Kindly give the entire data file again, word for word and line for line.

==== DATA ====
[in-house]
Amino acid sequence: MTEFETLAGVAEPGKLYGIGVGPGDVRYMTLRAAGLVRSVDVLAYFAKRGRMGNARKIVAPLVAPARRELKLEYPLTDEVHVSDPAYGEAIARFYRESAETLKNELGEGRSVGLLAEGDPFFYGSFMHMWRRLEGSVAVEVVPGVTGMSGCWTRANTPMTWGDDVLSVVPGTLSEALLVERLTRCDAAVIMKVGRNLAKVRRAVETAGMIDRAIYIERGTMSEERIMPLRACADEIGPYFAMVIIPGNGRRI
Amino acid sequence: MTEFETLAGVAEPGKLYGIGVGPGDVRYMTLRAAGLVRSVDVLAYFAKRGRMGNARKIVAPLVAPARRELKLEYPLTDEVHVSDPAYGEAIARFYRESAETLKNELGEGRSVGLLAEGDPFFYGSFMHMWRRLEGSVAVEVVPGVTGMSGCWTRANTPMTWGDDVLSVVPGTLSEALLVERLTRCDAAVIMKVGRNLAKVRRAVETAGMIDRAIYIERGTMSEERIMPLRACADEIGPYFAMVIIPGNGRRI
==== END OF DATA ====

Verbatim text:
[in-house]
Amino acid sequence: MTEFETLAGVAEPGKLYGIGVGPGDVRYMTLRAAGLVRSVDVLAYFAKRGRMGNARKIVAPLVAPARRELKLEYPLTDEVHVSDPAYGEAIARFYRESAETLKNELGEGRSVGLLAEGDPFFYGSFMHMWRRLEGSVAVEVVPGVTGMSGCWTRANTPMTWGDDVLSVVPGTLSEALLVERLTRCDAAVIMKVGRNLAKVRRAVETAGMIDRAIYIERGTMSEERIMPLRACADEIGPYFAMVIIPGNGRRI
Amino acid sequence: MTEFETLAGVAEPGKLYGIGVGPGDVRYMTLRAAGLVRSVDVLAYFAKRGRMGNARKIVAPLVAPARRELKLEYPLTDEVHVSDPAYGEAIARFYRESAETLKNELGEGRSVGLLAEGDPFFYGSFMHMWRRLEGSVAVEVVPGVTGMSGCWTRANTPMTWGDDVLSVVPGTLSEALLVERLTRCDAAVIMKVGRNLAKVRRAVETAGMIDRAIYIERGTMSEERIMPLRACADEIGPYFAMVIIPGNGRRI